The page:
By Jon, Wenatchee Library
Black History Month was first celebrated in 1926 by notable historian Dr. Carter G Woodson. By celebrating the achievements of African Americans since the end of slavery, he hoped to inspire people toward further accomplishments. The second week of February was chosen as the date of celebration due to the coinciding birthdays of President Abraham Lincoln and abolitionist Frederick Douglass.
Black History as a month-long event was first celebrated by students of Kent University in 1970. After this, Black History Month was celebrated unofficially all over the United States until 1976 when it was finally recognized by President Gerald Ford. Since then every president has designated February as Black History Month.
It is important to remember all the progress we have made, as well as all the work we have yet to do. Below are some important works of nonfiction for those wishing to learn about the black experience in America throughout the last 400 years.
Also check out our blog Celebrate Black Lives: Fiction for All Ages.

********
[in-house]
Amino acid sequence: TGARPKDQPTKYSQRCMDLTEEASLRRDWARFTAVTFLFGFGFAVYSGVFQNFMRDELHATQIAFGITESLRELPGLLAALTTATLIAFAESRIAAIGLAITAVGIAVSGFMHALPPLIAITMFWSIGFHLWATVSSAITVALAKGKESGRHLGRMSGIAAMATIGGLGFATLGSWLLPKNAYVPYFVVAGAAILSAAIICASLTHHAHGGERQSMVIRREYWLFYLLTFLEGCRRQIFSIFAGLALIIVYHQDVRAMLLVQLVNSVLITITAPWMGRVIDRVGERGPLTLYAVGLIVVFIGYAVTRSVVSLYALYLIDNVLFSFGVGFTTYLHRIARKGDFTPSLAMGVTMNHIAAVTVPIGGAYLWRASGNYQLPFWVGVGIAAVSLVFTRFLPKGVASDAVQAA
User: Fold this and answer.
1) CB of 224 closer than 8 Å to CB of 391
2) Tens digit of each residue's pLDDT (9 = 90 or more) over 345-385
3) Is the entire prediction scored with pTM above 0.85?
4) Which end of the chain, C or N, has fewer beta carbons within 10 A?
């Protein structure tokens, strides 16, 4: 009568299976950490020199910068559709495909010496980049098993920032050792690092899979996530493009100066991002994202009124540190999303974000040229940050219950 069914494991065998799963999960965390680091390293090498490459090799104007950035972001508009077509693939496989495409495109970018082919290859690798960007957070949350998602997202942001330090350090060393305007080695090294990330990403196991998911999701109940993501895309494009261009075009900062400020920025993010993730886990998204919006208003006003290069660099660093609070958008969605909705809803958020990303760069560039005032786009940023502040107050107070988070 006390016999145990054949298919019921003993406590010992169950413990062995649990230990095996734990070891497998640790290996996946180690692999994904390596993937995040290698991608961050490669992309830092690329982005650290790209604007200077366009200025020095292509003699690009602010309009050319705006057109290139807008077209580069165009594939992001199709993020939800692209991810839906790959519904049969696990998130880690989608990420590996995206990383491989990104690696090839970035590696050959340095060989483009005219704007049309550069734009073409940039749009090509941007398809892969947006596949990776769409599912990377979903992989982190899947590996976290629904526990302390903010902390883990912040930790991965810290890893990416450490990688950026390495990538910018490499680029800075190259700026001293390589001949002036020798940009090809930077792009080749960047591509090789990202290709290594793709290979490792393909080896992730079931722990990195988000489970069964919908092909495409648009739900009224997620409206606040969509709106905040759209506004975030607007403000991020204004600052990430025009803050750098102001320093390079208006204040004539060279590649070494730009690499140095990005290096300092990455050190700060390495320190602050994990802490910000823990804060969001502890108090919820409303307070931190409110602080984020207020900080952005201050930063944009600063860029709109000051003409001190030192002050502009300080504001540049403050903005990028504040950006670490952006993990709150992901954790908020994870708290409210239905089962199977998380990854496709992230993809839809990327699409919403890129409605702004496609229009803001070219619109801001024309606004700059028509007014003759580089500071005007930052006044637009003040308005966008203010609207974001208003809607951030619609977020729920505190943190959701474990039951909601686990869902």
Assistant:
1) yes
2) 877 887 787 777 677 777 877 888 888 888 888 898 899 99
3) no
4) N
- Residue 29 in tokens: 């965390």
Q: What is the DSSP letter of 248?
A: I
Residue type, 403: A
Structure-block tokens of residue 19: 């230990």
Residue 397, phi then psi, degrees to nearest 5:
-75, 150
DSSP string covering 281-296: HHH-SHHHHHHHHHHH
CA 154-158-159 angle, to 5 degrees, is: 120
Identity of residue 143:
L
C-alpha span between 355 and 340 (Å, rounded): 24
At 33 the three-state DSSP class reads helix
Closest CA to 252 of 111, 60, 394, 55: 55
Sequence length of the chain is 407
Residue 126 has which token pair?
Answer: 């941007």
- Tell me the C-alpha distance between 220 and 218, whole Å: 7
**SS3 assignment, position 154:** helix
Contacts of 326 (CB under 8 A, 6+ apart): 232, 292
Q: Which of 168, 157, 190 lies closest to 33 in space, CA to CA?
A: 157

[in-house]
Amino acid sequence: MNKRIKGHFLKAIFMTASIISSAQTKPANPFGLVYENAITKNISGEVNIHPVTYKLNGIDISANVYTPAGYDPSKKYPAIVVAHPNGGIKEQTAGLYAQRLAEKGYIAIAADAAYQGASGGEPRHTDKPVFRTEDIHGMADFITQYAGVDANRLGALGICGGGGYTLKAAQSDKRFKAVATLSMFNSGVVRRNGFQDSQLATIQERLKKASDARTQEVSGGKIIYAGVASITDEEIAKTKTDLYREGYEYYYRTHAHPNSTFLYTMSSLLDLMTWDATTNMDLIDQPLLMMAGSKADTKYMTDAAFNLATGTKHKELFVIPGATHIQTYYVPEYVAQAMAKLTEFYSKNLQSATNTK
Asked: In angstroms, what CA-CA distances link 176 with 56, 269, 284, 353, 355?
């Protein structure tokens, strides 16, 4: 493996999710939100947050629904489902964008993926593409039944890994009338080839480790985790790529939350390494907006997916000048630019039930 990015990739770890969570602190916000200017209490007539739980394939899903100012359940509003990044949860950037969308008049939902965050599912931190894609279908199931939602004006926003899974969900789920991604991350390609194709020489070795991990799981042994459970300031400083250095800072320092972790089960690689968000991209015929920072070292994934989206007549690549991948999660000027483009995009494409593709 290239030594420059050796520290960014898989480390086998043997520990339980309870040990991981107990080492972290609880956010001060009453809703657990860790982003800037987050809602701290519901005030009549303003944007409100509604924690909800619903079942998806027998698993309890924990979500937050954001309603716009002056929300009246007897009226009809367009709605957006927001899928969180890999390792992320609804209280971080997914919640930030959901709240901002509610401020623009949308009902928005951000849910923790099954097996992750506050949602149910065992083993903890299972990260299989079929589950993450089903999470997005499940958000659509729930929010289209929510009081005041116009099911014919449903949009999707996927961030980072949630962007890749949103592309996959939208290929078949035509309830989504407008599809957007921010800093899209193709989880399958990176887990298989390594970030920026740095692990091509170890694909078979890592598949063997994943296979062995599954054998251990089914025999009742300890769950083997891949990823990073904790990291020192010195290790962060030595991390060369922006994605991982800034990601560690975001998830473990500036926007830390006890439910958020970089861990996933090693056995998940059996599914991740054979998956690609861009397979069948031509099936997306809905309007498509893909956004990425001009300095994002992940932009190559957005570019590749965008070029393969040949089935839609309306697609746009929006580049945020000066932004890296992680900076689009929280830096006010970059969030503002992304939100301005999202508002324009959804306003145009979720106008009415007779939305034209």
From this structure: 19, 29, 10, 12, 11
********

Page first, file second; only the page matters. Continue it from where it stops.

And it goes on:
My Bondage and My Freedom by Frederick Douglass
Up From Slavery by Booker T. Washington
The Half Has Never Been Told by Edward Baptist
The “End” of Slavery
Slavery By Another Name by Douglas Blackmon
Worse Than Slavery by David Oshinsky
Stony The Road by Henry Louis Gates, Jr.
The New Jim Crow by Michelle Alexander
Just Mercy by Bryan Stevenson
When They Call You A Terrorist by Patrisse Khan-Cullors & Asha Bandele
Documentaries on Kanopy
The video streaming service Kanopy has put together a special collection of films and documentaries to celebrate Black History Month. Browse the full collection here.
I Am Not Your Negro: James Baldwin and Race in America
Cover photo: March on Washington, 1963. Original black-and-white image by Marion S. Trikosko. Library of Congress Prints and Photographs Division.